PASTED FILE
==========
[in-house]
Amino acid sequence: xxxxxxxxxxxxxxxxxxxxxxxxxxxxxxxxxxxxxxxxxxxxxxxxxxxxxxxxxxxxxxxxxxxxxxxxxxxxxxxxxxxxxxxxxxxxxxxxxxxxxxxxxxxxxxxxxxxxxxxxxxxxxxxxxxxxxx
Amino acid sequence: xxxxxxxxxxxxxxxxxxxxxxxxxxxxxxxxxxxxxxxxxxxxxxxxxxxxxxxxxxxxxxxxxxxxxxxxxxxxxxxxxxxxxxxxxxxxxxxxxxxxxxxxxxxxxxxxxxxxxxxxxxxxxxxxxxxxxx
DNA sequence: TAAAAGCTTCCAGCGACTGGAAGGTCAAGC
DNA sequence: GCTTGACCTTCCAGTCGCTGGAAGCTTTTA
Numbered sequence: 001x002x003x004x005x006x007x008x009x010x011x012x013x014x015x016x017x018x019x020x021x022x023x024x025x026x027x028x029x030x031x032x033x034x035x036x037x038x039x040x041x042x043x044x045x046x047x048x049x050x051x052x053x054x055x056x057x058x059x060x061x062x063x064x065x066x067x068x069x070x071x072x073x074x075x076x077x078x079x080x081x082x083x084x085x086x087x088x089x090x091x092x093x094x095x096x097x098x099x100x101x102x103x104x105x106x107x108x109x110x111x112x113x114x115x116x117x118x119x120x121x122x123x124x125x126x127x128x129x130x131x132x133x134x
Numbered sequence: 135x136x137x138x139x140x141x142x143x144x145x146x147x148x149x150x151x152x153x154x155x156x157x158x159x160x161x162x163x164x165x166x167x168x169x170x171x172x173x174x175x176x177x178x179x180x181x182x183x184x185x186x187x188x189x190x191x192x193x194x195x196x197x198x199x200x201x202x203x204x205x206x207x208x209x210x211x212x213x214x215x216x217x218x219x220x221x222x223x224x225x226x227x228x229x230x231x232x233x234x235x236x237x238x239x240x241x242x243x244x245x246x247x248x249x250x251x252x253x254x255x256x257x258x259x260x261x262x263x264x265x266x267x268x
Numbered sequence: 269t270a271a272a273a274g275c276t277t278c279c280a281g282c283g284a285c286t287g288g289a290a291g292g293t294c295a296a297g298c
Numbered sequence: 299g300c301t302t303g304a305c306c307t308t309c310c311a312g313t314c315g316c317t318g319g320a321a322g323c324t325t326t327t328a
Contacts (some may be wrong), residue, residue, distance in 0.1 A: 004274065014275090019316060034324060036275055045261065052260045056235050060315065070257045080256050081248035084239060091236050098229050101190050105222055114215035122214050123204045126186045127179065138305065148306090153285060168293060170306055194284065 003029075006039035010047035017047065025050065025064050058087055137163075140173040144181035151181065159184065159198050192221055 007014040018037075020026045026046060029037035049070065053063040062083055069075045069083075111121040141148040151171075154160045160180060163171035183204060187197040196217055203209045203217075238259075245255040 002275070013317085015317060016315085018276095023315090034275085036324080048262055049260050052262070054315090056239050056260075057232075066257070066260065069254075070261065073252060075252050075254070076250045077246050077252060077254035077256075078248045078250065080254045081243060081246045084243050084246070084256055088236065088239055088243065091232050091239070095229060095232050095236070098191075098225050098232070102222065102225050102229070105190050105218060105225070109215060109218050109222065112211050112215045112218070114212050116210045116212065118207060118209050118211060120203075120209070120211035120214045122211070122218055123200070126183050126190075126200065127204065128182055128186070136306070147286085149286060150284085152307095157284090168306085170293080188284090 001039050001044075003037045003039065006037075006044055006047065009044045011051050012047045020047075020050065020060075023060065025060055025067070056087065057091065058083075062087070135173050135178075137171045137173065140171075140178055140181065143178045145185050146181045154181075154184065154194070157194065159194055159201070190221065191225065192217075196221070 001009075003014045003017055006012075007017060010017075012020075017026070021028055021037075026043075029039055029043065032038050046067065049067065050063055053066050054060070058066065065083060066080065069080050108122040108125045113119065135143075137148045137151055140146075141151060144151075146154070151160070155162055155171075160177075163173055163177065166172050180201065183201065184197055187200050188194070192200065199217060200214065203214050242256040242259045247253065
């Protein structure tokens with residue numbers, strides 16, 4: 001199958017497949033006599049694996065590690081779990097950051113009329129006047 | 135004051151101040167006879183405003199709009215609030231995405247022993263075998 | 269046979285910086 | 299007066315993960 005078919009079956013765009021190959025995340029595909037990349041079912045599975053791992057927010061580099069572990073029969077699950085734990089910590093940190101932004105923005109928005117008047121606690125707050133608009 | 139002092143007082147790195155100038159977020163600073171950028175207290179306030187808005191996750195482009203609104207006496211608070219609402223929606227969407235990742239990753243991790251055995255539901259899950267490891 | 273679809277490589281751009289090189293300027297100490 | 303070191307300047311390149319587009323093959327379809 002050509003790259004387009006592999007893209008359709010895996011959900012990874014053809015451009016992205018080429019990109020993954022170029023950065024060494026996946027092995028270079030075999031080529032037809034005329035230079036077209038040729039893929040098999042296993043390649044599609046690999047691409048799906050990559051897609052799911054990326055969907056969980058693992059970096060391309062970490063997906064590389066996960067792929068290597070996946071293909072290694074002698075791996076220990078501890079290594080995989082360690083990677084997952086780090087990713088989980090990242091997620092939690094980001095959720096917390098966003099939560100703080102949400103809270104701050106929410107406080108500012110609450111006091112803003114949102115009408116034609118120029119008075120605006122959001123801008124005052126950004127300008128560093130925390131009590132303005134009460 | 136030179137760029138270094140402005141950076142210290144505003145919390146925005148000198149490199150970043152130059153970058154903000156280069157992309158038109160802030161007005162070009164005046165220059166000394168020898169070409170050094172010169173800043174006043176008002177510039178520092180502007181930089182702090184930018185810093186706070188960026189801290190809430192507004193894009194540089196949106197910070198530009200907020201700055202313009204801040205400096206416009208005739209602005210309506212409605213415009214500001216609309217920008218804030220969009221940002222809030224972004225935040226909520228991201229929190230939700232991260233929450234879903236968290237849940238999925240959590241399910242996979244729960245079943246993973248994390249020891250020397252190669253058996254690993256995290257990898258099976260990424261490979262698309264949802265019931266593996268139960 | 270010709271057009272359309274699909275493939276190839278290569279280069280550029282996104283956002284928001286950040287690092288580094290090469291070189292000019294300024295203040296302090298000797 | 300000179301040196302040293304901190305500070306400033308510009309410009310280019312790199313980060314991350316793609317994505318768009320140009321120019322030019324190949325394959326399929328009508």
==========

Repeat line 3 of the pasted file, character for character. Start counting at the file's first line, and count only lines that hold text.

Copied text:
Amino acid sequence: xxxxxxxxxxxxxxxxxxxxxxxxxxxxxxxxxxxxxxxxxxxxxxxxxxxxxxxxxxxxxxxxxxxxxxxxxxxxxxxxxxxxxxxxxxxxxxxxxxxxxxxxxxxxxxxxxxxxxxxxxxxxxxxxxxxxxx